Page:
The information gathered in the 1990s in Russia’s Books of Remembrance about “victims of political repression” mainly derives from the records of the Soviet police and security services.
Even that thin evidence provides glimpses of human suffering that are shocking both in scale and persistence. These examples from the 1930s begin with the forced collectivization of agriculture and end with the Great Terror.
Andrian Avdeyenko, an independent peasant farmer, was shot in 1931 (aged 29). He was born and worked in the Yedogon village, Irkutsk Region. Arrested in April 1930, he was charged under Article 58 with “armed uprising” and “the organisation of counter-revolutionary activities”. The OGPU troika sentenced him to death and on 22 January 1931 Avdeyenko was shot in Irkutsk.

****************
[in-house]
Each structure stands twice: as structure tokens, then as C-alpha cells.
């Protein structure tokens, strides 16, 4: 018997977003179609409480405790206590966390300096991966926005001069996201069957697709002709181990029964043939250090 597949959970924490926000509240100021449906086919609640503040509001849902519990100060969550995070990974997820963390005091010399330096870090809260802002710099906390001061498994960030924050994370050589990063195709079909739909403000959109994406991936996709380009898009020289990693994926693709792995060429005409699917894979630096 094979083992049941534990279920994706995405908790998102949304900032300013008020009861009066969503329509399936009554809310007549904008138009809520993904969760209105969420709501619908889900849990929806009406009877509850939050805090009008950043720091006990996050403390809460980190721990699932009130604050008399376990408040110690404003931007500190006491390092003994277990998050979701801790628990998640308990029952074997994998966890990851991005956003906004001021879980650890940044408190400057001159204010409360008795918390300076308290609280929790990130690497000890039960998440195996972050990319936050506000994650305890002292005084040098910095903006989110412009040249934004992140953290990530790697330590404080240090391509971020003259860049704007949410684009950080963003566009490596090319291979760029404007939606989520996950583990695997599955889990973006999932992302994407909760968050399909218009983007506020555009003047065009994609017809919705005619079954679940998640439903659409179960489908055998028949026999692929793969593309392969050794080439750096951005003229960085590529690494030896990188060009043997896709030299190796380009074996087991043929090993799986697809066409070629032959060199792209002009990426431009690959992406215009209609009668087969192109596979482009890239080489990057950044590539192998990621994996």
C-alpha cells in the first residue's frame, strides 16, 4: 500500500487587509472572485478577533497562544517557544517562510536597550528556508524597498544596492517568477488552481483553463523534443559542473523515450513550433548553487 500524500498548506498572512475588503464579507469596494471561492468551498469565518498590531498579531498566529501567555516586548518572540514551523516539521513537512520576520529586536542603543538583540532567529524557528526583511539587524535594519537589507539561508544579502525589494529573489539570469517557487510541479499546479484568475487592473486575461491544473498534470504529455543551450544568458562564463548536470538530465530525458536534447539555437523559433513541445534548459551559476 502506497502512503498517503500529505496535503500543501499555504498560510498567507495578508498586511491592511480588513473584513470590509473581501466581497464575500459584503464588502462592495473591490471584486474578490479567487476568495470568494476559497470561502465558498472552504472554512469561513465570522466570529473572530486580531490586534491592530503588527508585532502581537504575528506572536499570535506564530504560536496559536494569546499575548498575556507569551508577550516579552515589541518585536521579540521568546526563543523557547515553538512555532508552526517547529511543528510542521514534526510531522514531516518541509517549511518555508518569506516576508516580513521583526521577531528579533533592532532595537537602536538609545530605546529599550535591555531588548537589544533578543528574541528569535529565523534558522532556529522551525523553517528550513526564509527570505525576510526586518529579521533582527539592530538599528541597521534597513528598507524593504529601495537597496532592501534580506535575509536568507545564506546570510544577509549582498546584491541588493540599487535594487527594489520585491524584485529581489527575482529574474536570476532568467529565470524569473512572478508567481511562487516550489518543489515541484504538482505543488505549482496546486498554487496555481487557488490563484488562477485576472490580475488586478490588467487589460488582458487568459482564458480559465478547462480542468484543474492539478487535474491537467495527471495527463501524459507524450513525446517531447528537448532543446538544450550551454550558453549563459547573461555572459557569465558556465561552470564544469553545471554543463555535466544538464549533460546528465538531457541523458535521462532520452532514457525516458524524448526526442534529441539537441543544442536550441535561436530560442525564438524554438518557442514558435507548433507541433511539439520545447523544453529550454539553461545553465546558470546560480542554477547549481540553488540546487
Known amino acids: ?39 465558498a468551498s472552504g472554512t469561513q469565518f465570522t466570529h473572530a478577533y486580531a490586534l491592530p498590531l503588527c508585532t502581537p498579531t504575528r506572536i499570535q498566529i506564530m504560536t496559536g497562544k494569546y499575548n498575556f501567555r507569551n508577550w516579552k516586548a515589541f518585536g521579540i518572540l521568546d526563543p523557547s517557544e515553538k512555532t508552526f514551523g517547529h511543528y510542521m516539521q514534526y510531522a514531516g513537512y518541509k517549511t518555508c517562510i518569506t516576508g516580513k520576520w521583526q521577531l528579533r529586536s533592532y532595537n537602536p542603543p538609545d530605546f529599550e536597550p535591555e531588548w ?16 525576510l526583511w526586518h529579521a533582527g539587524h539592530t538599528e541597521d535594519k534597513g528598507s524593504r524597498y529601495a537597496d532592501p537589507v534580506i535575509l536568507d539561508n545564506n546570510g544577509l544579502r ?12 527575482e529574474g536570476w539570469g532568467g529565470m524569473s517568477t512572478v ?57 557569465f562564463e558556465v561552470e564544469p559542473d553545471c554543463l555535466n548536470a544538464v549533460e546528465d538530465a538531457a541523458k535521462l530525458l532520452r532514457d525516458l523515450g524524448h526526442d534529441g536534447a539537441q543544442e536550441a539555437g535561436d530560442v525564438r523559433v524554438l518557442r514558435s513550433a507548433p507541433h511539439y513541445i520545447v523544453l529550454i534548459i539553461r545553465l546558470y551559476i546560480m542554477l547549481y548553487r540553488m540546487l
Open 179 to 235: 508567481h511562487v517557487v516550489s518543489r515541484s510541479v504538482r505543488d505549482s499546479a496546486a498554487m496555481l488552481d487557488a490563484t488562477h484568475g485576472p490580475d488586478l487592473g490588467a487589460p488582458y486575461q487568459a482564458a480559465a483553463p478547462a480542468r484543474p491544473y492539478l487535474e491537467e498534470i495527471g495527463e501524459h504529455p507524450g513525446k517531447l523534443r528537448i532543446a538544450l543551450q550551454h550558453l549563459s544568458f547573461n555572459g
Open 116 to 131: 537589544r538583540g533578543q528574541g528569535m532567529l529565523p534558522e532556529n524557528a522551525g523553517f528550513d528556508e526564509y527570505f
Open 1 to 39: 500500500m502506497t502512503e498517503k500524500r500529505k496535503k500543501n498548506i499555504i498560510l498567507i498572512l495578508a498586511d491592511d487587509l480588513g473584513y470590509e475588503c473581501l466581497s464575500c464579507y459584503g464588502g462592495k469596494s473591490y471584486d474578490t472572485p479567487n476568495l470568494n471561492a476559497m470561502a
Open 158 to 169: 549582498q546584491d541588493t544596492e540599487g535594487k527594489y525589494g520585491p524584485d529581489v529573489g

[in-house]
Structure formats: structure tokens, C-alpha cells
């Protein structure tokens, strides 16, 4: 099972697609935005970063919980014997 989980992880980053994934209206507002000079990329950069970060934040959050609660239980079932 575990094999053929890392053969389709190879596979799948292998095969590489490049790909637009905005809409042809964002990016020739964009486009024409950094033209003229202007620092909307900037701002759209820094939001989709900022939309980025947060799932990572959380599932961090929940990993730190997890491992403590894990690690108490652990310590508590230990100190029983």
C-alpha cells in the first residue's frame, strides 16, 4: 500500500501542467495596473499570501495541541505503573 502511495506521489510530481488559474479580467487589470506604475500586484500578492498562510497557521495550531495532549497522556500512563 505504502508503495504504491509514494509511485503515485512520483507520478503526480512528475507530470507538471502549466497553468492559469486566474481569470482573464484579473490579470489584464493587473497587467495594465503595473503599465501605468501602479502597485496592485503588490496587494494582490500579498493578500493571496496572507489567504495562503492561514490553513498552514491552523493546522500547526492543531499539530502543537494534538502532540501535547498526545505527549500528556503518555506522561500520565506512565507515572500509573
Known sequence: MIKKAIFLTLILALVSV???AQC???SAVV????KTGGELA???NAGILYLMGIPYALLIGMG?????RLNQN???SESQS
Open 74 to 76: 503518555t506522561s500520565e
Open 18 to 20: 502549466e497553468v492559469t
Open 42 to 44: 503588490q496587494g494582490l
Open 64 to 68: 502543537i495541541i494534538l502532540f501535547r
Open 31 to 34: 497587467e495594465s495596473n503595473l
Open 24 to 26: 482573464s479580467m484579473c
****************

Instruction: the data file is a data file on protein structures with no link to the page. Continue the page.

Daniil A. Yepifantsev (1889-1933 shot) did not resist collectivization and joined a collective farm (kolkhoz). Nevertheless, he was arrested in 1932 and shot the next year, leaving behind a 41-year-old wife and seven children aged 2-17.Continue reading